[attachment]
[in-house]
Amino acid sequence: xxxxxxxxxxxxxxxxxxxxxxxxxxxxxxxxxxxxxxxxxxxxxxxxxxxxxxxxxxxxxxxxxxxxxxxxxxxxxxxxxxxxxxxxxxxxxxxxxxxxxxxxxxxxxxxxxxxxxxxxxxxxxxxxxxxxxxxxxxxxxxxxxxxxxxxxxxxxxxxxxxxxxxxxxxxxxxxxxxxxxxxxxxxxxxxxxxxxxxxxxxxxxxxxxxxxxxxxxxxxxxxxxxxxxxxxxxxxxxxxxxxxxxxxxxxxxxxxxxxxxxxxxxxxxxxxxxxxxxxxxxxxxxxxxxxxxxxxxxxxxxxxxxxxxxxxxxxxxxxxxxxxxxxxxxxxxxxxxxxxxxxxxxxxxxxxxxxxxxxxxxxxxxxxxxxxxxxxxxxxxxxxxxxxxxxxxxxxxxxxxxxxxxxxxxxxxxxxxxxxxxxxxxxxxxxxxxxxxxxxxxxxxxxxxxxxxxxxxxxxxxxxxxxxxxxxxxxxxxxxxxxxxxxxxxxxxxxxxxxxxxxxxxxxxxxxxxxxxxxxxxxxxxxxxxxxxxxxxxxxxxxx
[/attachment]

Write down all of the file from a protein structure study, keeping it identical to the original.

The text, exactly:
[in-house]
Amino acid sequence: xxxxxxxxxxxxxxxxxxxxxxxxxxxxxxxxxxxxxxxxxxxxxxxxxxxxxxxxxxxxxxxxxxxxxxxxxxxxxxxxxxxxxxxxxxxxxxxxxxxxxxxxxxxxxxxxxxxxxxxxxxxxxxxxxxxxxxxxxxxxxxxxxxxxxxxxxxxxxxxxxxxxxxxxxxxxxxxxxxxxxxxxxxxxxxxxxxxxxxxxxxxxxxxxxxxxxxxxxxxxxxxxxxxxxxxxxxxxxxxxxxxxxxxxxxxxxxxxxxxxxxxxxxxxxxxxxxxxxxxxxxxxxxxxxxxxxxxxxxxxxxxxxxxxxxxxxxxxxxxxxxxxxxxxxxxxxxxxxxxxxxxxxxxxxxxxxxxxxxxxxxxxxxxxxxxxxxxxxxxxxxxxxxxxxxxxxxxxxxxxxxxxxxxxxxxxxxxxxxxxxxxxxxxxxxxxxxxxxxxxxxxxxxxxxxxxxxxxxxxxxxxxxxxxxxxxxxxxxxxxxxxxxxxxxxxxxxxxxxxxxxxxxxxxxxxxxxxxxxxxxxxxxxxxxxxxxxxxxxxxxxxx